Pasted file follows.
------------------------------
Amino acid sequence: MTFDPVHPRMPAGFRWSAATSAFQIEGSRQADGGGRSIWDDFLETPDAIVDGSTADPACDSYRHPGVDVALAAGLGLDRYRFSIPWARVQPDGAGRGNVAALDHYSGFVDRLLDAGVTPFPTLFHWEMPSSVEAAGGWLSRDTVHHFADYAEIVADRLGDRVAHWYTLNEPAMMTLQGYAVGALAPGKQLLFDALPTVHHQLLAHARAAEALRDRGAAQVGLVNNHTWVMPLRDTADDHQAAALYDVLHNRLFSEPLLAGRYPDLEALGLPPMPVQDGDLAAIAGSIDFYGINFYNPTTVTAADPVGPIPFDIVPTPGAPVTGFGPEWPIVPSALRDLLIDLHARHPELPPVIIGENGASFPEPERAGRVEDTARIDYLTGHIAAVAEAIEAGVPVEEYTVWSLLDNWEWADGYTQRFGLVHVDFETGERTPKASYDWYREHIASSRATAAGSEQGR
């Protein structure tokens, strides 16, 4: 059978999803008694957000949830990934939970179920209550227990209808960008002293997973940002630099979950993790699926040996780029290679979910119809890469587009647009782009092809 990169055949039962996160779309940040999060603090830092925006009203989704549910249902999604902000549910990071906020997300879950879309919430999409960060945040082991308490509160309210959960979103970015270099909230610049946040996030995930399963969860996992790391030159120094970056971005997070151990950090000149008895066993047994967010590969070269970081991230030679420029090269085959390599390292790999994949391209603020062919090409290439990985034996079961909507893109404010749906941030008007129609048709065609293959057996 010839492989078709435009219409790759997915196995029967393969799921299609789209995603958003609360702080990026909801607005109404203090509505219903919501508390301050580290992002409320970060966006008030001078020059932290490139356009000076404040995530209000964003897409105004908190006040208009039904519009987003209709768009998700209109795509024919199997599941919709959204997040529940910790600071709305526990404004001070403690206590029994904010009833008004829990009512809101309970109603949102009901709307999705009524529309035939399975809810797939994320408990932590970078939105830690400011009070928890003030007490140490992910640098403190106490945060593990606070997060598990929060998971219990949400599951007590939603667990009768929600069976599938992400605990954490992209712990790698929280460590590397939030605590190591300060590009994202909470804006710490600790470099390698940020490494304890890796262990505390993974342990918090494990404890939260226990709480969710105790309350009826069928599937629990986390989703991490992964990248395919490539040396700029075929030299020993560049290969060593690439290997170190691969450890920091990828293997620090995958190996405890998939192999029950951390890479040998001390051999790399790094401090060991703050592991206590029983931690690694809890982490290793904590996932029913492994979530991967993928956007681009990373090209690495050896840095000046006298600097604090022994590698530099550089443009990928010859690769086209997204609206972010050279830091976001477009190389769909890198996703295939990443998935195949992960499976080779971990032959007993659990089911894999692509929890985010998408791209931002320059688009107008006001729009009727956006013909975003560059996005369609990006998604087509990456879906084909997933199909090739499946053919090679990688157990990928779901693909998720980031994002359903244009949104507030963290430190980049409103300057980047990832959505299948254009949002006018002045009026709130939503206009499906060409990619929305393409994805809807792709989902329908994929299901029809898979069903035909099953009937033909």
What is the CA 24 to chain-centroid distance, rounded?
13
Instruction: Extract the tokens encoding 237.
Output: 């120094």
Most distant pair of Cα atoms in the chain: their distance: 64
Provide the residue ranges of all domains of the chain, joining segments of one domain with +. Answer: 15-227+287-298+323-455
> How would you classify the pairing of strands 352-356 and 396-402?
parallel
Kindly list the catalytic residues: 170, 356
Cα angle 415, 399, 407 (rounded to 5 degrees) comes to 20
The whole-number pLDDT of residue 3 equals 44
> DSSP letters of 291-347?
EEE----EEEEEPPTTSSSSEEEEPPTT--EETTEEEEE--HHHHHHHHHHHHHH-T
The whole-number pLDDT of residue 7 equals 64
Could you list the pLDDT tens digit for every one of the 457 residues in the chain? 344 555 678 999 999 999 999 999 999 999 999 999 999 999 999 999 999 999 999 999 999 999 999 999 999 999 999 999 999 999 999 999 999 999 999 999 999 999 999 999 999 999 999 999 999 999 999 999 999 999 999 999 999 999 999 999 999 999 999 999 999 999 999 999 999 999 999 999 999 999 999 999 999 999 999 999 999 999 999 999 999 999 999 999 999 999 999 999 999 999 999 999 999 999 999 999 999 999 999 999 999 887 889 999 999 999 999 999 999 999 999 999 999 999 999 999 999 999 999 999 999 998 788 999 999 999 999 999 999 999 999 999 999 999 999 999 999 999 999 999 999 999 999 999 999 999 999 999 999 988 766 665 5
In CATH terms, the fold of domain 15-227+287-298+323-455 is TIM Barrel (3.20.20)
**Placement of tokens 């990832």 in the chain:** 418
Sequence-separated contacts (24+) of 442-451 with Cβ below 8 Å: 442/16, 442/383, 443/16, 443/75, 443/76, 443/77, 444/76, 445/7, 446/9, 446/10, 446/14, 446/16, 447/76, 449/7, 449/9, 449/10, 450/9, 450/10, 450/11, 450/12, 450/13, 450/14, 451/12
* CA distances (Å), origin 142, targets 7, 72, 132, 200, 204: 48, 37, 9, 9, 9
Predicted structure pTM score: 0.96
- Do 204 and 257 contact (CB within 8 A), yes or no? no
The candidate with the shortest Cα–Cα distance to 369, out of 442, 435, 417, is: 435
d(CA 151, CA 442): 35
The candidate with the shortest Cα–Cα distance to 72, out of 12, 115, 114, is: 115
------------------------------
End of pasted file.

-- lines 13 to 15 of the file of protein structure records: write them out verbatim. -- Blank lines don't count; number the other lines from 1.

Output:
The whole-number pLDDT of residue 3 equals 44
> DSSP letters of 291-347?
EEE----EEEEEPPTTSSSSEEEEPPTT--EETTEEEEE--HHHHHHHHHHHHHH-T